assembled, and sent using the readlist and writelist
                commands described below.

      addvars   This command allows variables and their optional values to
                be added to the list. If more than one variable is to be
                added, the list should be comma-separated and not contain
                white space.

      rmvars    This command can be used to remove individual variables from
                the list.

      clearlist This command removes all variables from the list.

      authenticate [yes|no]
                Normally ntpq does not authenticate requests unless they are
                write requests. The command authenticate yes causes ntpq to

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 ntpq(1M)                                                           ntpq(1M)

                send authentication with all requests it makes.
                Authenticated requests causes some servers to handle
                requests slightly differently, and can occasionally melt the
                CPU in fuzzballs if you turn authentication on before doing
                a peer display.

      cooked    Causes output from query commands to be cooked.  Variables
                which are recognized by the server will have their values
                reformatted for human usage.

      debug [more|less|off]
                Turns internal query program debugging on and off.

      delay milliseconds
                Specify a time interval to be added to timestamps included
                in requests which require authentication. This is used to
                enable (unreliable) server reconfiguration over long delay
                network paths or between machines whose clocks are
                unsynchronized. Actually the server does not now require
                timestamps in authenticated requests, so this command may be

      host hostname
                Set the host to which future queries will be sent. Hostname
                may be either a host name or a numeric address.

      hostnames [yes|no]
                If yes is specified, host names are printed in information
                displays. If no is specified, numeric addresses are printed
                instead. The default is yes, unless modified using the
                command line -n option.

      keyid keyid-id
                This command allows the specification of a key number to be
                used to authenticate configuration requests. This must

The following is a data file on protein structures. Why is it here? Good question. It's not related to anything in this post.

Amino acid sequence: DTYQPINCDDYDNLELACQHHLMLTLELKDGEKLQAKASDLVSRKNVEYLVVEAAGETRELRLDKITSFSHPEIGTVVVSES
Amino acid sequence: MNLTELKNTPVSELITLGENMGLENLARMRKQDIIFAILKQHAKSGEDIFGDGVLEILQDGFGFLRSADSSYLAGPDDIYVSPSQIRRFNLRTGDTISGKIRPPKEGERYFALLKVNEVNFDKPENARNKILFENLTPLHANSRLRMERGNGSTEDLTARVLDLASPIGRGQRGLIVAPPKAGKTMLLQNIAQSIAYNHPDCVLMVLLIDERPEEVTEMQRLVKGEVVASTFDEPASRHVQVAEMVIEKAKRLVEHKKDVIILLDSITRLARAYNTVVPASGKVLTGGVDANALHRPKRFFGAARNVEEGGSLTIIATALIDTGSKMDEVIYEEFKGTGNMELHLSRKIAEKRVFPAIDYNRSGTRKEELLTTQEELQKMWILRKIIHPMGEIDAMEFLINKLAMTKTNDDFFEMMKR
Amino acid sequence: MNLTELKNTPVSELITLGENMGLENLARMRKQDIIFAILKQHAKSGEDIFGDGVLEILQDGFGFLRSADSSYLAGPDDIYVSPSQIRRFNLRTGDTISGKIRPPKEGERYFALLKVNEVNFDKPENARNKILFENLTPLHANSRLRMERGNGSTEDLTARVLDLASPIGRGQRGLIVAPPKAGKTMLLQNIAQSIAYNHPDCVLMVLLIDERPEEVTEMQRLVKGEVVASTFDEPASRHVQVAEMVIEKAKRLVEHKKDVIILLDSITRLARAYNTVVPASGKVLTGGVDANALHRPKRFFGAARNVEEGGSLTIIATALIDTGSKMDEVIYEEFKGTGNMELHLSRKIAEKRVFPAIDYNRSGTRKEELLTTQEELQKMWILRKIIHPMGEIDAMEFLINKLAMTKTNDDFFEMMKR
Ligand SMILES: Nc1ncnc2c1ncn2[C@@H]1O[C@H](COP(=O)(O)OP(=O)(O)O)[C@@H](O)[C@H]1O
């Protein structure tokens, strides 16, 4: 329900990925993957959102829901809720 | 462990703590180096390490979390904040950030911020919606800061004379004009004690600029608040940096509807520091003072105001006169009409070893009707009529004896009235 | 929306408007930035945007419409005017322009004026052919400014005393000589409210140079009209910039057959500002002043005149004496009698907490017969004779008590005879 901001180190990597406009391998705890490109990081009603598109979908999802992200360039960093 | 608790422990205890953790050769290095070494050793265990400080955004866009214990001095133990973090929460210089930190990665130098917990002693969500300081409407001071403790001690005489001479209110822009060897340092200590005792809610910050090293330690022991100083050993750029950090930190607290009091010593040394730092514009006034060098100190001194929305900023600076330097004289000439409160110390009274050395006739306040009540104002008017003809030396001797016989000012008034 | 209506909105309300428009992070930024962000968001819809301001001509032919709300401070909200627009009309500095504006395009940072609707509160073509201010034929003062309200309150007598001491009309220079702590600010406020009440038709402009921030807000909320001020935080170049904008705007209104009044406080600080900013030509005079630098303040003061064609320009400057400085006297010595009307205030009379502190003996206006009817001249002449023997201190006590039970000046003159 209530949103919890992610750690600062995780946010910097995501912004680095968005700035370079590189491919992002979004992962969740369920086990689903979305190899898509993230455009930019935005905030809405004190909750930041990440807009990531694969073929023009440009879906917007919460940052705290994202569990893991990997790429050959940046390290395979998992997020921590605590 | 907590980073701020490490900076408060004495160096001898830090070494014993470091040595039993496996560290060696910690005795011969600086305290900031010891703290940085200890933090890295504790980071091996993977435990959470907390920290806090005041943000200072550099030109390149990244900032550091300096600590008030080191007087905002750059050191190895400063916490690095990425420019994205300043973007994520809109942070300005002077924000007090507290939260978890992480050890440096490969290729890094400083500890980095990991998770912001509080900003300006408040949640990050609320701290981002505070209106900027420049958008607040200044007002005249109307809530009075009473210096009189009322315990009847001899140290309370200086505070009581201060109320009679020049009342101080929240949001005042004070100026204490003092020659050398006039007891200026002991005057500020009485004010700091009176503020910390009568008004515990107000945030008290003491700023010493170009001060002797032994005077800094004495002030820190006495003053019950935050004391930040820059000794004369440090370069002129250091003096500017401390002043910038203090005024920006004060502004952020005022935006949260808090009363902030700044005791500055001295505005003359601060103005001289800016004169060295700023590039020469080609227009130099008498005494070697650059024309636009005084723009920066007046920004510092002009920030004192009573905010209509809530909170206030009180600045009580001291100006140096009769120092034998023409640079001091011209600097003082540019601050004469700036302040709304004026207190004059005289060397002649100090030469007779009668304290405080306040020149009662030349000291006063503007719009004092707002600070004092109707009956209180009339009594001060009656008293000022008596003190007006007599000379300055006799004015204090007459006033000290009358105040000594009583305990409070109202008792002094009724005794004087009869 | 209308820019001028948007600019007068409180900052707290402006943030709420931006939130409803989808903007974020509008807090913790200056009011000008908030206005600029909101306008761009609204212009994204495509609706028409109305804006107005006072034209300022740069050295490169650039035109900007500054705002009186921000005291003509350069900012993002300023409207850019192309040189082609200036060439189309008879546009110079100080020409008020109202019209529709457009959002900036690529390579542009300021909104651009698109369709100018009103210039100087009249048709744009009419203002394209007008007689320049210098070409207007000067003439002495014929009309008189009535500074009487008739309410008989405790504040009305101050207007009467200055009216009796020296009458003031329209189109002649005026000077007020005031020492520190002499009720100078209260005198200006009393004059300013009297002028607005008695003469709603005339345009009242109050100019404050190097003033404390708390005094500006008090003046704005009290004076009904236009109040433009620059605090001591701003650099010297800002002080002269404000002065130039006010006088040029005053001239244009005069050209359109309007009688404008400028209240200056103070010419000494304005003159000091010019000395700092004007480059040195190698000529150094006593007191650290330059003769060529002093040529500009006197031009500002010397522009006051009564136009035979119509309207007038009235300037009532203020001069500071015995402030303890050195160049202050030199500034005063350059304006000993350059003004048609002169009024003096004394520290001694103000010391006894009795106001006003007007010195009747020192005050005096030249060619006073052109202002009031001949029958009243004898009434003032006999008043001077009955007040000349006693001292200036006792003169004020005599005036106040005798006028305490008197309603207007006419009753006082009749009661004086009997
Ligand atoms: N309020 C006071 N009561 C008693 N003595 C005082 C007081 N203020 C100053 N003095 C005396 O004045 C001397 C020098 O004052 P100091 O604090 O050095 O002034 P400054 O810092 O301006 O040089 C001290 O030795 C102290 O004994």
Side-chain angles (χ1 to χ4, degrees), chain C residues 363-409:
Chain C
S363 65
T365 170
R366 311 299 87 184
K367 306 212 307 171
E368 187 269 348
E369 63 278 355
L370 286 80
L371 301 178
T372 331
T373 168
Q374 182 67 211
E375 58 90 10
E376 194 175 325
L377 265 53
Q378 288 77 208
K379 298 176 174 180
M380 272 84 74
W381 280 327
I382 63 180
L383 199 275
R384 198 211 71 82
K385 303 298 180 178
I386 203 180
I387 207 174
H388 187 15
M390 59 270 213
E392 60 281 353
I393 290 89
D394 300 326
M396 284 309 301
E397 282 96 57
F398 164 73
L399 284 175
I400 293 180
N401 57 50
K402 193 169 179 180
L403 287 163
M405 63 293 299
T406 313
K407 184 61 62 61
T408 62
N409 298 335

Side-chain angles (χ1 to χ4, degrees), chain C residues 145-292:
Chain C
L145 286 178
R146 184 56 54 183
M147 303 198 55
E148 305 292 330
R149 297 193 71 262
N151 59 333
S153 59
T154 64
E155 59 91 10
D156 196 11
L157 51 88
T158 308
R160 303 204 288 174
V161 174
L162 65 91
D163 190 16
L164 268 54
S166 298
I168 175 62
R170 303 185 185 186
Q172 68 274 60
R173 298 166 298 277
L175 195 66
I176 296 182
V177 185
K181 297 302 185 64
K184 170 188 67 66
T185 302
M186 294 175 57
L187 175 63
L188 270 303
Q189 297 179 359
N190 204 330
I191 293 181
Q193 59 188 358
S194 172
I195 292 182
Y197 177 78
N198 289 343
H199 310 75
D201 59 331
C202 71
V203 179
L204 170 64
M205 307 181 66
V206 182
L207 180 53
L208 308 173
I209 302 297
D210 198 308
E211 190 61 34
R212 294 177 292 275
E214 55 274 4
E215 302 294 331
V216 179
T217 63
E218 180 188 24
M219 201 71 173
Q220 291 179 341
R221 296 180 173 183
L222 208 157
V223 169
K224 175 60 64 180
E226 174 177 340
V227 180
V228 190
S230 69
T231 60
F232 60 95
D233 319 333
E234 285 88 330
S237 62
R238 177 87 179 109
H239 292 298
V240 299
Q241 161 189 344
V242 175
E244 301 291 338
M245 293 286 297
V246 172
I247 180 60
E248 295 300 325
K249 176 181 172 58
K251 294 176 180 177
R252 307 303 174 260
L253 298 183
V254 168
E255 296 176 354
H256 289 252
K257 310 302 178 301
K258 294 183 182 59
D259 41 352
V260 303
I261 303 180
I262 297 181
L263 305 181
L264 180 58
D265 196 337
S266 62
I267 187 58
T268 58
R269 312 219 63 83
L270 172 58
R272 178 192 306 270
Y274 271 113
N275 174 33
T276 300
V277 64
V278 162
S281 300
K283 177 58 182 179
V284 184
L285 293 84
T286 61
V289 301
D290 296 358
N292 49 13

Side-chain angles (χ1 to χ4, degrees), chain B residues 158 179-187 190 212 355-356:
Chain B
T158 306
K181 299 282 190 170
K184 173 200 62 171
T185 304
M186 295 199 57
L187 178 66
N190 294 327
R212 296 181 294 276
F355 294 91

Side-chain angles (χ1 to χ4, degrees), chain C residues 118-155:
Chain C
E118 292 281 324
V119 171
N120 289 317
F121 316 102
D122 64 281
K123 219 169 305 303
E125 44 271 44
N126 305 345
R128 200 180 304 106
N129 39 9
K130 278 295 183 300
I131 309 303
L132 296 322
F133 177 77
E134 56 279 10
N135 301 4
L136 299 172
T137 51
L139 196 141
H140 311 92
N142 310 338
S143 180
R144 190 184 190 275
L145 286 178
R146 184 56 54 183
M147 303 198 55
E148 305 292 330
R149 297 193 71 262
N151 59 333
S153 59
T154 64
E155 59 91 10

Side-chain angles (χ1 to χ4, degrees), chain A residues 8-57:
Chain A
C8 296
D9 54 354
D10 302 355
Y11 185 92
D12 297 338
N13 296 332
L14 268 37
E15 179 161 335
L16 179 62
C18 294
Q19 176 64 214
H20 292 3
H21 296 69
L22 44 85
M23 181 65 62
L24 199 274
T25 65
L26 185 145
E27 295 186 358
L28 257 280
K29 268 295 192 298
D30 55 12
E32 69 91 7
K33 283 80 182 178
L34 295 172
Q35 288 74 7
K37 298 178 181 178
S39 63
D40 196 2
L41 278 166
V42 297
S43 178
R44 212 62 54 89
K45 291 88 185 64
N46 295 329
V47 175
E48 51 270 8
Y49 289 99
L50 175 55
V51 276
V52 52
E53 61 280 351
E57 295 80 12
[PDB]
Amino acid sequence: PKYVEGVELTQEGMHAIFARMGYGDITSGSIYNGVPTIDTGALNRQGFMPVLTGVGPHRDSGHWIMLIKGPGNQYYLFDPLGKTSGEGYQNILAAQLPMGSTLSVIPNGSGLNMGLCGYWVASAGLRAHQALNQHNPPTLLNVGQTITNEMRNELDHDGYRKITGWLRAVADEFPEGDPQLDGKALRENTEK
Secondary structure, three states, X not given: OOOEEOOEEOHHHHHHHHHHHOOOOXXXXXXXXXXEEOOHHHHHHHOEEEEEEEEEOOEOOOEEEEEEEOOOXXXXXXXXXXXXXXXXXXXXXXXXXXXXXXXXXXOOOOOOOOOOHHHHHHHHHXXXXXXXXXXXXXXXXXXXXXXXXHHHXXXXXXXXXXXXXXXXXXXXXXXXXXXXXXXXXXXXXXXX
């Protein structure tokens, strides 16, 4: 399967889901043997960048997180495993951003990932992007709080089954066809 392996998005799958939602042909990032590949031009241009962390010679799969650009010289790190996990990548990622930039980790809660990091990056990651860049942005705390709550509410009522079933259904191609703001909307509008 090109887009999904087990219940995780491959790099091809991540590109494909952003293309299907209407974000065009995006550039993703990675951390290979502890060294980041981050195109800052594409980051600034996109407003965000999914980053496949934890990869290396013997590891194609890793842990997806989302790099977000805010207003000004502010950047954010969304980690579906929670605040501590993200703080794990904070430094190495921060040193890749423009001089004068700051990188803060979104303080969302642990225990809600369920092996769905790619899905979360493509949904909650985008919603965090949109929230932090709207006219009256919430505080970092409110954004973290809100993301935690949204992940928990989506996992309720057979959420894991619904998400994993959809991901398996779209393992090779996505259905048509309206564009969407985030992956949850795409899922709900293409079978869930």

correspond to a key number the server has been configured to
                use for this purpose.

      ntpversion [1|2|3]
                Sets the NTP version number which ntpq claims in packets.
                Defaults to 3, Note that  mode 6 control messages (and
                modes) did not exist in NTP version 1. There appears to be
                no servers left which demand version 1.

      quit      Exit ntpq.

      passwd    This command prompts you to type in a password (which will
                not be echoed) which will be used to authenticate
                configuration requests. The password must correspond to the
                key configured for use by the NTP server for this purpose if
                such requests are to be successful.

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 ntpq(1M)                                                           ntpq(1M)

      raw       Causes all output from query commands to be printed as
                received from the remote server. The only
                formatting/interpretation done on the data is to transform
                nonascii data into a printable form.

      timeout milliseconds
                Specify a timeout period for responses to server queries.
                The default is about 5000 milliseconds. Note that since ntpq
                retries each query once after a timeout, the total waiting
                time for a timeout will be twice the timeout value set.

      Each peer known to an NTP server has 16 bit integer association
      identifier assigned to it. NTP control messages which carry peer
      variables must identify the peer, the values it corresponds to by
      including its association ID. An association ID of 0 is special, and
      indicates the variables are system variables, whose names are drawn
      from a separate name space.

      Control message commands result in one or more NTP mode 6 messages